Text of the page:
Negotiations

Module summary

Module code: BUSI1632
Level: 6
Credits: 15
School: Business Faculty
Department: Human Res and Organisational Beh
Module Coordinator(s): Scott Tindal

Specification

Aims

The aim of this module is to enhance participants’ knowledge about key principles of negotiations, in order to develop their skills for managing negotiations in a broad array of business situations and settings. This includes negotiations with co-workers, bosses, buyers, suppliers, and other organizations. The course will introduce participants to the subject both from a theoretical and a practical perspective, drawing on key concepts and theories from psychology and other social sciences.

Learning outcomes

On successful completion of this module a student will be able to:
1 1. Describe the key aspects of negotiation situations, the challenges they present, as well as strategies for dealing with them.
2 Explain how contextual, cognitive, and emotional factors affect negotiations.
3 Analyse negotiation situations and select appropriate negotiation strategies.
4 Analyse and evaluate empirical and theoretical research findings to inform the selection of negotiation strategies and to evaluate the outcomes.
5 Reflect critically on their own negotiation behaviour in order to analyse their performance, appraise alternatives and continually improve their capabilities.

Indicative content

Examples of topics covered include the following: • Introduction to the main types of negotiation (distributive bargaining, integrative negotiation) and key concepts associated with them • Different types of goals and their effects on negotiations • How relationships and emotions affect, and are affected by, negotiations • The role of norms in negotiations, e.g., gender norms, cultural norms and ethical considerations • Different forms of power and their effects on negotiations • Dynamics and challenges of negotiations with multiple parties.

Teaching and learning activity

The course will be taught through a combination of lectures, tutorials, role play negotiation exercises, individual and group assignments, and independent study. Independent study is essential, because the course readings, together with the material covered in the lectures, provide the foundation for other elements of the course. Throughout the course, students will use role-play negotiation exercises to apply insights from the lectures and course literature, and gain some practical experience. Some of the role plays will take place in class; others will take place out of class. As part of the lectures and tutorials, participants will analyse their experiences with the role play negotiation exercises. The discussion will be based on two key elements: (1) setting participants’ experiences in relation to concepts and theories introduced in the lectures and the course readings, and (2) learning from each other by comparing the strategies used by different participants, and their negotiation outcomes. This requires active participation from everyone.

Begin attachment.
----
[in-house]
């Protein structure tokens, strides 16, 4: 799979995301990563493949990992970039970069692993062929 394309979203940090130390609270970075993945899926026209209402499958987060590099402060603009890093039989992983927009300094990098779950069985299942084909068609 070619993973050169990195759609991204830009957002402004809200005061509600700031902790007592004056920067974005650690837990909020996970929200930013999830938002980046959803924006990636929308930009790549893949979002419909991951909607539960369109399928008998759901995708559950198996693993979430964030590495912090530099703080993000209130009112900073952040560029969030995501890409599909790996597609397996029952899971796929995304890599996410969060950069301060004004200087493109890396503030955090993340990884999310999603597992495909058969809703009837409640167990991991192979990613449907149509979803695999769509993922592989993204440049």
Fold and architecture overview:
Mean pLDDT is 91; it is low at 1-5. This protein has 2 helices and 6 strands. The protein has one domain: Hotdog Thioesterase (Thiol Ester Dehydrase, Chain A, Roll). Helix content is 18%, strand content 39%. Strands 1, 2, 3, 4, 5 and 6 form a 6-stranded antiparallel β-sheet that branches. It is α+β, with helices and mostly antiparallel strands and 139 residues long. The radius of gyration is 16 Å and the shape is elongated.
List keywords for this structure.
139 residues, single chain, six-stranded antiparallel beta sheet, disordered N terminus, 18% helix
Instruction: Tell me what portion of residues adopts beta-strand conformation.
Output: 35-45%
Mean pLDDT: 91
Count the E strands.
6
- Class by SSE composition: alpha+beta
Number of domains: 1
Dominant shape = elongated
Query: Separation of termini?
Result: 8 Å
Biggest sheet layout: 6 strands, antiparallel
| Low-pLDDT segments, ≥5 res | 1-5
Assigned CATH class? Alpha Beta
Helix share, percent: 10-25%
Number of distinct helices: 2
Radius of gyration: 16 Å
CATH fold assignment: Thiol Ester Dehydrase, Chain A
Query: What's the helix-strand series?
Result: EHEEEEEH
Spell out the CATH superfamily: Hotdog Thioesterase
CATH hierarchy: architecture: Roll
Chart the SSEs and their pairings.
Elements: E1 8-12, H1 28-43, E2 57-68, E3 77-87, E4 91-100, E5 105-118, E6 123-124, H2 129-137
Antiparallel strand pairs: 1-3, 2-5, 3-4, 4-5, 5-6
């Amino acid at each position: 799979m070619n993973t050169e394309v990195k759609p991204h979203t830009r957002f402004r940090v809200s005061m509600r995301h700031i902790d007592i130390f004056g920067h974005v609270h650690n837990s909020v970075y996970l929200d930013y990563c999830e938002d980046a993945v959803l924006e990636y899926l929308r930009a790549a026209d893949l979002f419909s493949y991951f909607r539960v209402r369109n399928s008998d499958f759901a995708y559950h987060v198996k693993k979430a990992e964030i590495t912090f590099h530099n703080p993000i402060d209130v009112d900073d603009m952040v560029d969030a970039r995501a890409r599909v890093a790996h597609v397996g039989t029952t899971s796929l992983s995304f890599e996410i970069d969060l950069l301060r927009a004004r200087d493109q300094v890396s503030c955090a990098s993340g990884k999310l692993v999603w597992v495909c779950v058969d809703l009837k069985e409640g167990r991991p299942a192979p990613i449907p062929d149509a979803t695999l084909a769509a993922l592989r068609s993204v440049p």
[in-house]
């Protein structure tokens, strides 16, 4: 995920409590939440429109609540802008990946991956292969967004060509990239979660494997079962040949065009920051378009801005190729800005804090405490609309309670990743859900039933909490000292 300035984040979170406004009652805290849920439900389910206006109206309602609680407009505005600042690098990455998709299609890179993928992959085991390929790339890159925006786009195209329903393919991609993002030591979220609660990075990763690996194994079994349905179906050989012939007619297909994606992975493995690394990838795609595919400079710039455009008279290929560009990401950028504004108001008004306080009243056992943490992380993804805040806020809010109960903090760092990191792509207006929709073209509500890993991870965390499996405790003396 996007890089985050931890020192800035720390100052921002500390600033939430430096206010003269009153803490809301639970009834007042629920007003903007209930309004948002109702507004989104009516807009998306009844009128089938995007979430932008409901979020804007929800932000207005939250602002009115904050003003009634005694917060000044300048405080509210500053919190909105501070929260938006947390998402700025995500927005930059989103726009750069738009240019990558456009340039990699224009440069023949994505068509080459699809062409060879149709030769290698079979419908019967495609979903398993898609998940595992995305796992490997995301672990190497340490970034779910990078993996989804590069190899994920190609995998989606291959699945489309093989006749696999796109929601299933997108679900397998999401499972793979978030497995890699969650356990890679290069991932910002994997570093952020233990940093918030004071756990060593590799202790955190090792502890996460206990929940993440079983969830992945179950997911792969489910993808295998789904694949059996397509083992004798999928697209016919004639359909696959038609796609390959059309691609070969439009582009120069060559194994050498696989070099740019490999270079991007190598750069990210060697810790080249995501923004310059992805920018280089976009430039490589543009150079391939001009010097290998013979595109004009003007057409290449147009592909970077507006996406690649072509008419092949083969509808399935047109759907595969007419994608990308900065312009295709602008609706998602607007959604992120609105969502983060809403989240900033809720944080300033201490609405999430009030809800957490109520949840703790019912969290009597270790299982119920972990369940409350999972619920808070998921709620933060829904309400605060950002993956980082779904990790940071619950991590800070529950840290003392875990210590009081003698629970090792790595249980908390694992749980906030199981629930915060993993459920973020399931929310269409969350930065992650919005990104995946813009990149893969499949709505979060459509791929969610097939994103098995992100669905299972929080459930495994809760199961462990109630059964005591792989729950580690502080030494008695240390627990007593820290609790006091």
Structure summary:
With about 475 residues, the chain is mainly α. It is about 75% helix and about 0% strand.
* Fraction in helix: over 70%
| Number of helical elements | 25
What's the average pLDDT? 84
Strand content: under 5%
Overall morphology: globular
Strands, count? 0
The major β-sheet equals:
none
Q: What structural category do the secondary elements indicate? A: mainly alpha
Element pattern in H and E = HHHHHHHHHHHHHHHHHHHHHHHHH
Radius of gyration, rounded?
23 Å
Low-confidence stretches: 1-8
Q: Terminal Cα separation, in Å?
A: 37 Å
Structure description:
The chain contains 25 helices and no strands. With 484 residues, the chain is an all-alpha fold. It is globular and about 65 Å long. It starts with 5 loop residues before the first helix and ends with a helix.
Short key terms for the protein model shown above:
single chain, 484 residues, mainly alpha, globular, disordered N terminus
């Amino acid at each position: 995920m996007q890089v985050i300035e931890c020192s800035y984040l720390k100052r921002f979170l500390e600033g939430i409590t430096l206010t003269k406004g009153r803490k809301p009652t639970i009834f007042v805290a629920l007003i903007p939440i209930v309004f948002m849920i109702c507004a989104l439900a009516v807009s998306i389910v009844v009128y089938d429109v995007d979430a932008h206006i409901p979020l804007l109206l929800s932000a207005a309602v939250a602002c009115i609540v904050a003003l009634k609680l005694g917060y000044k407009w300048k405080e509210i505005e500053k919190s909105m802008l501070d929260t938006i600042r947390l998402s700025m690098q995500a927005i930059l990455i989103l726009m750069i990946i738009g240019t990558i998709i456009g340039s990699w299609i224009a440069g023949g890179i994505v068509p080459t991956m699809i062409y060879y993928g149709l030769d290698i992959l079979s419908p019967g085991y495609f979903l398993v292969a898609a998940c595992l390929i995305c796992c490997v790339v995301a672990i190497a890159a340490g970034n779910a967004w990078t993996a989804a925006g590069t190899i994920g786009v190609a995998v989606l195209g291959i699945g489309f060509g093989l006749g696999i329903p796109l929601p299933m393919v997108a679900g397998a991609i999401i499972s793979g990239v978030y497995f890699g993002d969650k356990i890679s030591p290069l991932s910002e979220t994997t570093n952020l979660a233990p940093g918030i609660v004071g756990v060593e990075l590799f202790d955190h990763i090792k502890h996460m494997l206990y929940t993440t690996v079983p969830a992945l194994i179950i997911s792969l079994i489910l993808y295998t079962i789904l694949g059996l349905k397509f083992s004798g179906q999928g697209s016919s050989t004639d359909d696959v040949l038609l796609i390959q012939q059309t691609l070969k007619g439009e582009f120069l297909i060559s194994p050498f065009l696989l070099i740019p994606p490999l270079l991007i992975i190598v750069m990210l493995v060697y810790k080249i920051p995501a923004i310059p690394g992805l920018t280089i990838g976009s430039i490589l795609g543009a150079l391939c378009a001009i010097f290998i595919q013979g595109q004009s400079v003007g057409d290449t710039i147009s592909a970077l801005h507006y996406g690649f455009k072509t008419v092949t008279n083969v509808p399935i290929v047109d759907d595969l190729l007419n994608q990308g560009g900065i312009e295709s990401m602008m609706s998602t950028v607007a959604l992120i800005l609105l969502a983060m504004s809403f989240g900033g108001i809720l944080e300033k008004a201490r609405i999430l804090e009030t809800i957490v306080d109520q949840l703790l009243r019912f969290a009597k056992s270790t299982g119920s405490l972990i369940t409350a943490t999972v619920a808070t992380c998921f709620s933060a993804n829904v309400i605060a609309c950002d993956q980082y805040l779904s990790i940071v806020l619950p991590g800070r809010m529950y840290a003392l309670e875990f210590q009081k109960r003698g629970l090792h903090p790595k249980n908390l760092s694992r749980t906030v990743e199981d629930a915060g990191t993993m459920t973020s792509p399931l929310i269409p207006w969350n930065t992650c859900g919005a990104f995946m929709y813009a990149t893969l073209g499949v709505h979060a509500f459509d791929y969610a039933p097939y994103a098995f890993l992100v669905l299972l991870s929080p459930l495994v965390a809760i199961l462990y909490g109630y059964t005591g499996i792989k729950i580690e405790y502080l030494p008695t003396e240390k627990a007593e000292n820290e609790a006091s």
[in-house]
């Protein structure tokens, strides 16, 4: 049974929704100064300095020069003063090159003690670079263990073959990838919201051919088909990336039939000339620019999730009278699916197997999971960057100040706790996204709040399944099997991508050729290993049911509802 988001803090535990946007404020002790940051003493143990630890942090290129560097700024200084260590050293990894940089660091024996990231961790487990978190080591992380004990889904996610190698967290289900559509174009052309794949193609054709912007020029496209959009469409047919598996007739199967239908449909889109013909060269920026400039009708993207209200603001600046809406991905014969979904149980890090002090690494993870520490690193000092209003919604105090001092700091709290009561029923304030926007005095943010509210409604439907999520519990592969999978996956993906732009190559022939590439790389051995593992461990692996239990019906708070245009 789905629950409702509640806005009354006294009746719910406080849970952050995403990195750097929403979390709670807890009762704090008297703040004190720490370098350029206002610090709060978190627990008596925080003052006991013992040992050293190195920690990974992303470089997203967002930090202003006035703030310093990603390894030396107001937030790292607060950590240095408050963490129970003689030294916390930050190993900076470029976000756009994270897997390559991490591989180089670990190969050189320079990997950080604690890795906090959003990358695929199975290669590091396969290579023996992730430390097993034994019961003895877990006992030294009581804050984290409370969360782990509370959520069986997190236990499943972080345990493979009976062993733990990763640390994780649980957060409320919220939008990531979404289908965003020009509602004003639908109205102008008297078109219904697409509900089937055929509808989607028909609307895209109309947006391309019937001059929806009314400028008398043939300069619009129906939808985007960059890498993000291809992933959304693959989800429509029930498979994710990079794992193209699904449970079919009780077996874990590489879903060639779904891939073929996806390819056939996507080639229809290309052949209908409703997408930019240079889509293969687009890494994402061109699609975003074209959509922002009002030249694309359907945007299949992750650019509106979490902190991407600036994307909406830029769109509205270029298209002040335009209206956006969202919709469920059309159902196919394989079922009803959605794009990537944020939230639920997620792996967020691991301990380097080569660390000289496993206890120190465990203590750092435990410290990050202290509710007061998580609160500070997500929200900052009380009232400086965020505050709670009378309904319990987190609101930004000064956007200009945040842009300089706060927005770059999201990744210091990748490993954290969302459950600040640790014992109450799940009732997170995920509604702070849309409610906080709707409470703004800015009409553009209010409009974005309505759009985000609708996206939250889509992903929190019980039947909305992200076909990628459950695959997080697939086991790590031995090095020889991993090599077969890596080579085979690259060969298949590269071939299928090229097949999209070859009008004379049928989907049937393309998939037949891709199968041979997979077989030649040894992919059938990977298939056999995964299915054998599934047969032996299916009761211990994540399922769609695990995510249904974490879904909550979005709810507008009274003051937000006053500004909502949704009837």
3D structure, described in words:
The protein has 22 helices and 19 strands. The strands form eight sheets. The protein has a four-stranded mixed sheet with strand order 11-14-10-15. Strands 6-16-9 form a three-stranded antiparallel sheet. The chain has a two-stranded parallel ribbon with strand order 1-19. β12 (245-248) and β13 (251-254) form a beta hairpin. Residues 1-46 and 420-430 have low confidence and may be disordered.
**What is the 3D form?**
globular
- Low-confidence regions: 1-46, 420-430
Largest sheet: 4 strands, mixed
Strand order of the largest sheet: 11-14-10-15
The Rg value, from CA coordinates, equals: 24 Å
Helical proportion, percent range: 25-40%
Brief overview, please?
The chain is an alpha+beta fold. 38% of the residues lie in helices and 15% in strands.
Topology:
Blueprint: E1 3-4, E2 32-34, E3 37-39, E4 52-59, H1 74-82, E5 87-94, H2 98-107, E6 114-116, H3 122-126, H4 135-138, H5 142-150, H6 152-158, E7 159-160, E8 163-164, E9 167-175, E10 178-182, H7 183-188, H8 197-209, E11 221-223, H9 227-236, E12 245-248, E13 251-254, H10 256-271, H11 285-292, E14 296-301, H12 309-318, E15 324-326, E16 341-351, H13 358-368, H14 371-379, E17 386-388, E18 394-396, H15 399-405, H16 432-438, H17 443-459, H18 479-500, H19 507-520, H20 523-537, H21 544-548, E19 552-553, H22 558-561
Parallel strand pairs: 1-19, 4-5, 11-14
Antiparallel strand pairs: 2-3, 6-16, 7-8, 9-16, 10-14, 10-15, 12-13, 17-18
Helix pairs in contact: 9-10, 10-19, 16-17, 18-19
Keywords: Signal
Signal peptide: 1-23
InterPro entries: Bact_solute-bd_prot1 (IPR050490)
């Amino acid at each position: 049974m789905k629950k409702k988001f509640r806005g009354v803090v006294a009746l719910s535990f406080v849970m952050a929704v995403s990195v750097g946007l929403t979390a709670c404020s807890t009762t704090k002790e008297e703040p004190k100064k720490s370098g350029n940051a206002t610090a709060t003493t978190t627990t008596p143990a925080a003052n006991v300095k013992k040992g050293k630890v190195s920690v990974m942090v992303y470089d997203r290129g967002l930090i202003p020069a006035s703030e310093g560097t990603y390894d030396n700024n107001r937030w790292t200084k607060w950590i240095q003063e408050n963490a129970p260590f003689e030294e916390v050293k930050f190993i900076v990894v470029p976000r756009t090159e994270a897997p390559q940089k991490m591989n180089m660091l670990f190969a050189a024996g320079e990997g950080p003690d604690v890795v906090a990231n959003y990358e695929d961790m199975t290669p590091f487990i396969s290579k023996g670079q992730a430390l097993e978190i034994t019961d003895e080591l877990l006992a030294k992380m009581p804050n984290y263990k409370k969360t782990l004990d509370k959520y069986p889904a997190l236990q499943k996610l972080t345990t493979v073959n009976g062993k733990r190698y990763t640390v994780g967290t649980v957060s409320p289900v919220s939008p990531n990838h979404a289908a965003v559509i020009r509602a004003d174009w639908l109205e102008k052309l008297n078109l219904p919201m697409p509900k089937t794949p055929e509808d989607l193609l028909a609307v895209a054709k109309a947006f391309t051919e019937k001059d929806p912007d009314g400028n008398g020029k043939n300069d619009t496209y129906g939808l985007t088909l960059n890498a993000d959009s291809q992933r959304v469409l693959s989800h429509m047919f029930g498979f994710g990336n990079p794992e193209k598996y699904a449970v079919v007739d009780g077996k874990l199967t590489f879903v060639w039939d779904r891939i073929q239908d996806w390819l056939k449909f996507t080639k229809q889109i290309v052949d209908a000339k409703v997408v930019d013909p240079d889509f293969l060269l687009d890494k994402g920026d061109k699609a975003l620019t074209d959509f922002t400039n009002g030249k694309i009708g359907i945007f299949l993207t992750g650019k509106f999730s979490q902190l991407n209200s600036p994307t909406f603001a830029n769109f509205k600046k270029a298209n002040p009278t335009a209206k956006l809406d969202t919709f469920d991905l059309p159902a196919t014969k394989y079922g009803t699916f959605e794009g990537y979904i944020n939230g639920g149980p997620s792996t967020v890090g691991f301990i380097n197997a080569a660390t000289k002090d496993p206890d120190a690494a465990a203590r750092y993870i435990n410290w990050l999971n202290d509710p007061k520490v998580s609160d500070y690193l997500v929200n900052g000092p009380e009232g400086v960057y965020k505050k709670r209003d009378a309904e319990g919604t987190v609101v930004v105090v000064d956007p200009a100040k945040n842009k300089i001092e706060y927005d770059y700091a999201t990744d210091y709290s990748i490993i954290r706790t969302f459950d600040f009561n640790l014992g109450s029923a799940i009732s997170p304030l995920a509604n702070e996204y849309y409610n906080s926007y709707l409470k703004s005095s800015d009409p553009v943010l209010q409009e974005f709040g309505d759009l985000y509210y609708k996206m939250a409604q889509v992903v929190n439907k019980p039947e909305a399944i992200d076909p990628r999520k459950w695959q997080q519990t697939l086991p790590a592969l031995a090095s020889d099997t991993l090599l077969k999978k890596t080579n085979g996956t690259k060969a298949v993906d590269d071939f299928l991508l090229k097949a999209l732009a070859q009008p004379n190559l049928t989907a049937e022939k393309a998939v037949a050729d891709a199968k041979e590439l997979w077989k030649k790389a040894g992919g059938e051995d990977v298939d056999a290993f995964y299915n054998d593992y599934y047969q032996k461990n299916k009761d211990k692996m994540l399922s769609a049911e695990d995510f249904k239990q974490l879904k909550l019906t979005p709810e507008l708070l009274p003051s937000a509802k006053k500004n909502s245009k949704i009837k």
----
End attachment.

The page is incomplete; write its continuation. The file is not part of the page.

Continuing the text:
Assessment

Reflective Portfolio - 50%
LO - 1, 2, 4, 5.
Pass mark - 40%
1,400 words.
Across the module, students conduct a series of 4 negotiation simulations. Students will be required to write a short reflection of the experience (ca 300 words) which will be compiled into a portfolio.

Essay - 50%
LO - 1, 2, 3, 4.
Pass mark - 40%
1,400 words.
Students will select a negotiation situation. In their essay, they will analyse the negotiation situation, process and outcomes, and develop recommendations for one of the parties involved. In doing so, they will draw on insights from theoretical and empirical research on negotiations.

Nature of FORMATIVE assessment supporting student learning:
(1) Assessment 1: Portfolio. After each negotiation role play simulation, there will be a detailed class discussion where students will examine why they reached the agreement they did, and why other groups reached different agreements. This discussion forms the basis of their own short reflections which will be compiled into a portfolio.
(2) Assessment 2: Essay. There is one workshop where there will be a class discussion on the negotiation situations that students may consider. Students will have the opportunity to meet on a one-to-one with the programme leader to discuss their essay ideas and to raise any other questions they may have. Students can have 2 pages of text reviewed by the programme leader. This may be part of their essay or an essay structure.